Empirical base of the research: To estimate the socio-demographical of teachers, we used data from the website of Federal Agency of Education. To describe professional knowledge of mathematics teachers we used the TEDS-M database. To estimate and describe school climate, teachers’ beliefs and practices we conducted a field trial of NorBA questionnaire.

The data for the field trial were collected in Latvia, Estonia and Russia. The target group was secondary school math teachers (teaching grades 7-9). In Latvia 385 mathematics teachers from different regions participated in the survey. In Estonia 327 teachers took part. In Russia research was conducted in one big region in Siberia. 1223 teachers took part in the survey. It is 40% of the general population and the sample is representative relative to the population of the region. 

Research results:

a. 98 % of teachers - women, 96 % have higher education;

b. 25% are teaching in big cities (over 200 thousands citizens), 30% - in small towns (less than 100 thousands), 29% - in villages and 14% in urban settlements; 37% of teachers have more than 26 students in a class, 15% - less than 10.

c. The average age of teachers was 48 years, while there are only 4% of teachers younger than 26 years, and 20% is over 55 years (retirement age). Thus, we can talk about the general "aging" of teachers and a small tributary of new specialists. This is also confirmed in results of the TEDS-M: only 5% of graduates from pedagogical universities are confident that they will work in school, while 73% do not consider teaching a promising career.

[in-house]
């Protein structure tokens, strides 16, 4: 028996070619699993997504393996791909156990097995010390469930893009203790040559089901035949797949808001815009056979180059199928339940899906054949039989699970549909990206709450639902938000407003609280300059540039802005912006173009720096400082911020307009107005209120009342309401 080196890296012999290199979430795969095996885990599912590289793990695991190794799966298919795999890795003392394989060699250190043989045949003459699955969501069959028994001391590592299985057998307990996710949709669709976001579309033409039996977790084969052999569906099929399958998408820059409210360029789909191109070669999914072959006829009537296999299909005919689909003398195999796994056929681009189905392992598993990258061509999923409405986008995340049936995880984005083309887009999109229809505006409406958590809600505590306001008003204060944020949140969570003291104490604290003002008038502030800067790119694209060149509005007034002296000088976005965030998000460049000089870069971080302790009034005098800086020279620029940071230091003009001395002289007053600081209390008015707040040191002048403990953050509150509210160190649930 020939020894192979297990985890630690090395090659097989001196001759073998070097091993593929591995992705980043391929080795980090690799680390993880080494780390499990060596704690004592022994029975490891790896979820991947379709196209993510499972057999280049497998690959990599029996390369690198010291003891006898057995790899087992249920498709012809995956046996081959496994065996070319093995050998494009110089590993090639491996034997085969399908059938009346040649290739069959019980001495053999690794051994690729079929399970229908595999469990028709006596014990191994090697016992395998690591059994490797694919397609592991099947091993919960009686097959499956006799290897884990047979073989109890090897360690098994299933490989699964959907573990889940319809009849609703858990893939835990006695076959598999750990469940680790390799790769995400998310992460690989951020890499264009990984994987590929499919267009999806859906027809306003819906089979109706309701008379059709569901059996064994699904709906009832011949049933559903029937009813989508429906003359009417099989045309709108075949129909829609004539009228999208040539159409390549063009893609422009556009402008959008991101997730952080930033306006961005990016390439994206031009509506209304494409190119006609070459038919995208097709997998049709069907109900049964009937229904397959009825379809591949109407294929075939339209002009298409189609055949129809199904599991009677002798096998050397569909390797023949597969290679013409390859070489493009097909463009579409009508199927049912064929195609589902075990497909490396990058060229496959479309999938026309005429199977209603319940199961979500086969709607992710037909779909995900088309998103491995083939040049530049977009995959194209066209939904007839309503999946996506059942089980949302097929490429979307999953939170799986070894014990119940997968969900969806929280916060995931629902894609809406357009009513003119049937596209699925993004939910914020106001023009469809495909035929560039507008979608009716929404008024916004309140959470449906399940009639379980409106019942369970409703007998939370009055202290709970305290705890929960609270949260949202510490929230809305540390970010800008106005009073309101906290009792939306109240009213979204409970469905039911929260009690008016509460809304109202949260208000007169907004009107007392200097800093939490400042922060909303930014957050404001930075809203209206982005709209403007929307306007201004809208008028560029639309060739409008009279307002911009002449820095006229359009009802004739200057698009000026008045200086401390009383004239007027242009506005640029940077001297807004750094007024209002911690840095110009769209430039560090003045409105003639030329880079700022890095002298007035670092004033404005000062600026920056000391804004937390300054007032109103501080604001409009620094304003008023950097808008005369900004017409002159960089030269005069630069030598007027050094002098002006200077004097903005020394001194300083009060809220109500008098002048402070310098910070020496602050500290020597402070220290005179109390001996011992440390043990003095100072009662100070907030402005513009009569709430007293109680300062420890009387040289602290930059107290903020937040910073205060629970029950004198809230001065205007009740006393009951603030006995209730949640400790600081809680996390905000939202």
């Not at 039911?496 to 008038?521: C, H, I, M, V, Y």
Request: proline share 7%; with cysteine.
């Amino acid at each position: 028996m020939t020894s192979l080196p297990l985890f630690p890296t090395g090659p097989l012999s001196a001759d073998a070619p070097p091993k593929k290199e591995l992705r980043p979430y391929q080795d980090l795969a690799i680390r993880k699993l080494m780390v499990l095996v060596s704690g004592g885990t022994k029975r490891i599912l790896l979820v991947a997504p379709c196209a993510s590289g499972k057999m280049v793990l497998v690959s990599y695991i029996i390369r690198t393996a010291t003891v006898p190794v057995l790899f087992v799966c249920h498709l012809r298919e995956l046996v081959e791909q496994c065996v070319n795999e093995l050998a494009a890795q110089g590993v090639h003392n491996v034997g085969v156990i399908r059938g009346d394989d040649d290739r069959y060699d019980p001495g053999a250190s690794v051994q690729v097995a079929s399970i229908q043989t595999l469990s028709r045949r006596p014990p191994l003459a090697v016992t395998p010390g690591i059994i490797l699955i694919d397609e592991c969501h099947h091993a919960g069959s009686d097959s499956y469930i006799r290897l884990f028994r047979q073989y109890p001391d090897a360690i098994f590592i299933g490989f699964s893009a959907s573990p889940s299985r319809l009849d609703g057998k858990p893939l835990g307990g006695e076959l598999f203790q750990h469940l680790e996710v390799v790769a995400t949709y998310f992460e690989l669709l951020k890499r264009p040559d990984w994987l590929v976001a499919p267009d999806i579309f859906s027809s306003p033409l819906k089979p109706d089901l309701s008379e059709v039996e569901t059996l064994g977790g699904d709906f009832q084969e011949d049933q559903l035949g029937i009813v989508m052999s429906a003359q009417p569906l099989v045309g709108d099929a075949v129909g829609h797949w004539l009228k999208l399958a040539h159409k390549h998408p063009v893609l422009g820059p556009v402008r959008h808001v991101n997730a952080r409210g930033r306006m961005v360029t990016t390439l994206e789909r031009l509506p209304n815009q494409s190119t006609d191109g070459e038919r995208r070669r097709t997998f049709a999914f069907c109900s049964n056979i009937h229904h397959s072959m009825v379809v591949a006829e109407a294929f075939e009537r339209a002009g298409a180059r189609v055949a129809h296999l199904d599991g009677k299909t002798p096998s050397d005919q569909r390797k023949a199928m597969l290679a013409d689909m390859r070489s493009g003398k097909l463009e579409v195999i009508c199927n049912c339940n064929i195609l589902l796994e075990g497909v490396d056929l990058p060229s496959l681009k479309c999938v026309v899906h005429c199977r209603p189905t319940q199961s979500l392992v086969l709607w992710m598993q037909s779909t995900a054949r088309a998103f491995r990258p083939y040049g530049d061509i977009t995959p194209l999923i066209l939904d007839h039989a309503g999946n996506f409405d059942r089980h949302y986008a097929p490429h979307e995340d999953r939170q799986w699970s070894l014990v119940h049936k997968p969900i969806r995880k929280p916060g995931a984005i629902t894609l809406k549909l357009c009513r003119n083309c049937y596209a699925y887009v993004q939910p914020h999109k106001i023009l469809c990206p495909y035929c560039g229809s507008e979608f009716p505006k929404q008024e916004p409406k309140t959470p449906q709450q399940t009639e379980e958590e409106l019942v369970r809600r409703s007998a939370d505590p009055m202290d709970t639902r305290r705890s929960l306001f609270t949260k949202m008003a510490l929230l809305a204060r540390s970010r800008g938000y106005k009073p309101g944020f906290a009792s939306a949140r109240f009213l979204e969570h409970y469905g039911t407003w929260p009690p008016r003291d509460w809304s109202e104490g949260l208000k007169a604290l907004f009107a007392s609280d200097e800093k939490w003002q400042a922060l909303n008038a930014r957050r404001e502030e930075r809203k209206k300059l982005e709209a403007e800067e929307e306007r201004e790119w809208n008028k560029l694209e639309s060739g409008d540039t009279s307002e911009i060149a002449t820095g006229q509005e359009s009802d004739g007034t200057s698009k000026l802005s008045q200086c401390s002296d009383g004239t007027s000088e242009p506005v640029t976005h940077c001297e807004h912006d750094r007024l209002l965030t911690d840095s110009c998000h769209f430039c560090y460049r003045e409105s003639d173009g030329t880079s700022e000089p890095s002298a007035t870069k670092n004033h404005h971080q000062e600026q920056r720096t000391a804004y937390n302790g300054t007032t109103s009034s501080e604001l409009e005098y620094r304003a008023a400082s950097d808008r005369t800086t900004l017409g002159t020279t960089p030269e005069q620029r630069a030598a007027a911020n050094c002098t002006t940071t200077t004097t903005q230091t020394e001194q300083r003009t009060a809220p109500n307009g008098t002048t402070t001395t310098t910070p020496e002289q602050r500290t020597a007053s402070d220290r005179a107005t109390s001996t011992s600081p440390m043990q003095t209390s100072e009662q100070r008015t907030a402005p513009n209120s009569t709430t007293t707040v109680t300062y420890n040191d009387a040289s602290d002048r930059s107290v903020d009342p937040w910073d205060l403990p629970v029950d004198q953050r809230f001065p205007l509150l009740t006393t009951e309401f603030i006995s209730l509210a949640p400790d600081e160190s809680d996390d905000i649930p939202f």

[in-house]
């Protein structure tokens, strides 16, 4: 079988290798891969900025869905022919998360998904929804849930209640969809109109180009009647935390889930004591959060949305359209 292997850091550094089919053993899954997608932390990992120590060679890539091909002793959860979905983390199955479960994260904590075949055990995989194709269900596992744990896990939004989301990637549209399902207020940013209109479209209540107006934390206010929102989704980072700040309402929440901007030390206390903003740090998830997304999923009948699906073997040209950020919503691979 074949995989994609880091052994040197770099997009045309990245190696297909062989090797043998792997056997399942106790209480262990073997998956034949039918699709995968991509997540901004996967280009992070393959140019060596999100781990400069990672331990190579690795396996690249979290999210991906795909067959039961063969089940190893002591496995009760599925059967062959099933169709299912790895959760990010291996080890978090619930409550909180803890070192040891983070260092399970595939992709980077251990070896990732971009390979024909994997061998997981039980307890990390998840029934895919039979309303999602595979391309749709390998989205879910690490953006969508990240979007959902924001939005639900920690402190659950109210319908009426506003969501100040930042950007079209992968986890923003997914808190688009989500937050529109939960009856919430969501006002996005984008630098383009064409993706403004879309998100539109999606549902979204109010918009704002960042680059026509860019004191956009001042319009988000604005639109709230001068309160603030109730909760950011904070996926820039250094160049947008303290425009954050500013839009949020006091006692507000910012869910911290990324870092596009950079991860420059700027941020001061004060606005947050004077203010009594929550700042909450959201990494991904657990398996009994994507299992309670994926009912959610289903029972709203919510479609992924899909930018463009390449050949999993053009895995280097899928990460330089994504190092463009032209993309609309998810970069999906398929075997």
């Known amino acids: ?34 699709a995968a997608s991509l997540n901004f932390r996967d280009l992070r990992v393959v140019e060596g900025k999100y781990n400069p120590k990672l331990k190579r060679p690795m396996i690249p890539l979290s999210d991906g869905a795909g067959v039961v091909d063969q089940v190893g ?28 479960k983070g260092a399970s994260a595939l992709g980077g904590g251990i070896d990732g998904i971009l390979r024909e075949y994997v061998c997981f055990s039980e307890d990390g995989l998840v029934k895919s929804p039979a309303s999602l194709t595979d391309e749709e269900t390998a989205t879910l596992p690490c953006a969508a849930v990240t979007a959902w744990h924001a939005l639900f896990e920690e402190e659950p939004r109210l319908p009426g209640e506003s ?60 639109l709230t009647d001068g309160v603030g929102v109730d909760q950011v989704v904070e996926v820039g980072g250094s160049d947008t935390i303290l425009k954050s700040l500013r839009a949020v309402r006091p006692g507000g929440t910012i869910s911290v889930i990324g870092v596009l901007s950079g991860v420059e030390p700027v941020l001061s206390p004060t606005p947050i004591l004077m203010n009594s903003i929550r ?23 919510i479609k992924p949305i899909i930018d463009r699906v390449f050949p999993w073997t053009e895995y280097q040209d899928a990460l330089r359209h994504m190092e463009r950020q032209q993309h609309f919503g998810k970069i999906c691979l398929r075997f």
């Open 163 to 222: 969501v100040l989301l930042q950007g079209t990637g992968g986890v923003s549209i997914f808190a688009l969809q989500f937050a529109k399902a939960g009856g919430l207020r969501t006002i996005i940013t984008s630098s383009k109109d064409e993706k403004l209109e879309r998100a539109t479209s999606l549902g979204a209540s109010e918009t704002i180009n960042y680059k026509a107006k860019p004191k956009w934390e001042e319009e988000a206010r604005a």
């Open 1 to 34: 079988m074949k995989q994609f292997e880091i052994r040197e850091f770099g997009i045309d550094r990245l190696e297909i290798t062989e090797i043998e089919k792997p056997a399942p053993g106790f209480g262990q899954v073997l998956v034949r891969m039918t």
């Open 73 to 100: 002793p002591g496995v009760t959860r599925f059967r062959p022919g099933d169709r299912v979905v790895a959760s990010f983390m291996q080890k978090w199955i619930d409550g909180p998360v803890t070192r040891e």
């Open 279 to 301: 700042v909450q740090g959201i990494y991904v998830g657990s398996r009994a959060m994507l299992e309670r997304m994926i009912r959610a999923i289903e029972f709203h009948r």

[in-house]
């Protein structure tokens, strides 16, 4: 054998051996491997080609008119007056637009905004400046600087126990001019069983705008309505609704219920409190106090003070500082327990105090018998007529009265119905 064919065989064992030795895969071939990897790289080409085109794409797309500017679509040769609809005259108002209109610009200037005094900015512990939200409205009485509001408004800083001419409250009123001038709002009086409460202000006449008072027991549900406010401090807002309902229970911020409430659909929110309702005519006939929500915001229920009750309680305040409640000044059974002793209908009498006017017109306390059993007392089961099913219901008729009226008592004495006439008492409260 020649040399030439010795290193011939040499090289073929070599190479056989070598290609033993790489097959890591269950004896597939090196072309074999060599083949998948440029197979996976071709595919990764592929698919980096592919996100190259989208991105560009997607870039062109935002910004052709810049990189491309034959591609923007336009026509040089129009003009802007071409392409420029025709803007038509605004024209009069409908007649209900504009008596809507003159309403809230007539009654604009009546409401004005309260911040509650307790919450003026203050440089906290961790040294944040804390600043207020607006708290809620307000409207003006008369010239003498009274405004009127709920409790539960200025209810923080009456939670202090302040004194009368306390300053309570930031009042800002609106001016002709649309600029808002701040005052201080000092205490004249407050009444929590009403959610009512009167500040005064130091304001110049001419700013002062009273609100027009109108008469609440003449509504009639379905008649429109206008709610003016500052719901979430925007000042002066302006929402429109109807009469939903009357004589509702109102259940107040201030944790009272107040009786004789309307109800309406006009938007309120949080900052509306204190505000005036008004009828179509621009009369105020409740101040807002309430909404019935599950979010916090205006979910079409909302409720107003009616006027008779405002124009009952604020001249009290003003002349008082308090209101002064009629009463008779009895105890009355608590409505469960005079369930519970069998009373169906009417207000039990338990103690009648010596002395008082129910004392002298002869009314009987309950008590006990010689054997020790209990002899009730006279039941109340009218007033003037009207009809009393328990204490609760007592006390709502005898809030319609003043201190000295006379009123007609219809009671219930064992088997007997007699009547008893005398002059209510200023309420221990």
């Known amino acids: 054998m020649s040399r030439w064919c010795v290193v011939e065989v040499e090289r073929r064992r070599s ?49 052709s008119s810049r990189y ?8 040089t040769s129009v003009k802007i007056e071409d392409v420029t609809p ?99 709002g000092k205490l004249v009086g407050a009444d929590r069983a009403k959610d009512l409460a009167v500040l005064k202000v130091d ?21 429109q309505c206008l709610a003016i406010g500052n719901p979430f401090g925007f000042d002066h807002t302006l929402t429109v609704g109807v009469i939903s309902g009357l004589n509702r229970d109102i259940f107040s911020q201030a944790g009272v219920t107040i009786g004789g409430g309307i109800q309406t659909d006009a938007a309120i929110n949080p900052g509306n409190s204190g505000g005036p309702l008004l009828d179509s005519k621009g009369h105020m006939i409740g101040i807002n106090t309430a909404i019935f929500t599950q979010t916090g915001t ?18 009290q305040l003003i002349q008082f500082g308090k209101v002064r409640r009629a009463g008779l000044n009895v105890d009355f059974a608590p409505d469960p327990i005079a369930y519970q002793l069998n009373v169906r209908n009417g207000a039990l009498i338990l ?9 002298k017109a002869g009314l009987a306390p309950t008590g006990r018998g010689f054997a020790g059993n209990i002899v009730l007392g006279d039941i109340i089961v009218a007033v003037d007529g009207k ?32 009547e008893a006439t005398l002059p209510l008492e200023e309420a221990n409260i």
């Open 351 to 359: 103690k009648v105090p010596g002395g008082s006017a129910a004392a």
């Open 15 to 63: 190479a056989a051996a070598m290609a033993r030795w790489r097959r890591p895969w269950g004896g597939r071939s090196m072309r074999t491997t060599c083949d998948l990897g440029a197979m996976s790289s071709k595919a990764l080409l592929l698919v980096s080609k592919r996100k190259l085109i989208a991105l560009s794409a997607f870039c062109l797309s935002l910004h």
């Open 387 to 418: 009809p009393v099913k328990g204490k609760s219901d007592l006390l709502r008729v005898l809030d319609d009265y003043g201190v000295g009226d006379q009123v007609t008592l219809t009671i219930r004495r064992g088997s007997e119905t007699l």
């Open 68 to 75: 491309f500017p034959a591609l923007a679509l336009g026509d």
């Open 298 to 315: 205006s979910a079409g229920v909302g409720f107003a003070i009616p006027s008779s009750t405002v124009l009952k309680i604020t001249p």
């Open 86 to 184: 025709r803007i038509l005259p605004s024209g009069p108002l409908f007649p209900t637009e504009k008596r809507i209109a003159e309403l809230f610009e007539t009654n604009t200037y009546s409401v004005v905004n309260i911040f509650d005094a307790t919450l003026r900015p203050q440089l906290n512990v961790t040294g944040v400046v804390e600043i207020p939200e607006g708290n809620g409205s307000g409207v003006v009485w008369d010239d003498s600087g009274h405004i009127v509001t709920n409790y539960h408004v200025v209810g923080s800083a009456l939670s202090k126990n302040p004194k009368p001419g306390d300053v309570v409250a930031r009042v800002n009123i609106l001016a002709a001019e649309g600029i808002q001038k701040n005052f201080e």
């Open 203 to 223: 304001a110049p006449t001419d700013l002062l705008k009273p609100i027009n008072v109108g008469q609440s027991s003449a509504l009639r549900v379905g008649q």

d. Graduates of Russian pedagogical universities, future teachers of mathematics, have a high level of both fundamental mathematics and pedagogical knowledge according to TEDS-M.

e. Differences between math teachers’ beliefs in different countries are statistically significant. Russian teachers are higher in their constructivism then teachers from Latvia and Estonia.

f. Most of teachers in Estonia compromise both approaches: their views about good teaching include construction of knowledge and accept also transmission of knowledge in combination with it.

g. Russian teachers are strongly oriented towards a systematic approach to math teaching. This supports the claim that in Russia traditions of high quality mathematics education are still strong; emphasis on rigorous proofs, logic, exact definitions and a precise use of the mathematical language is characteristic of Russian mathematics education.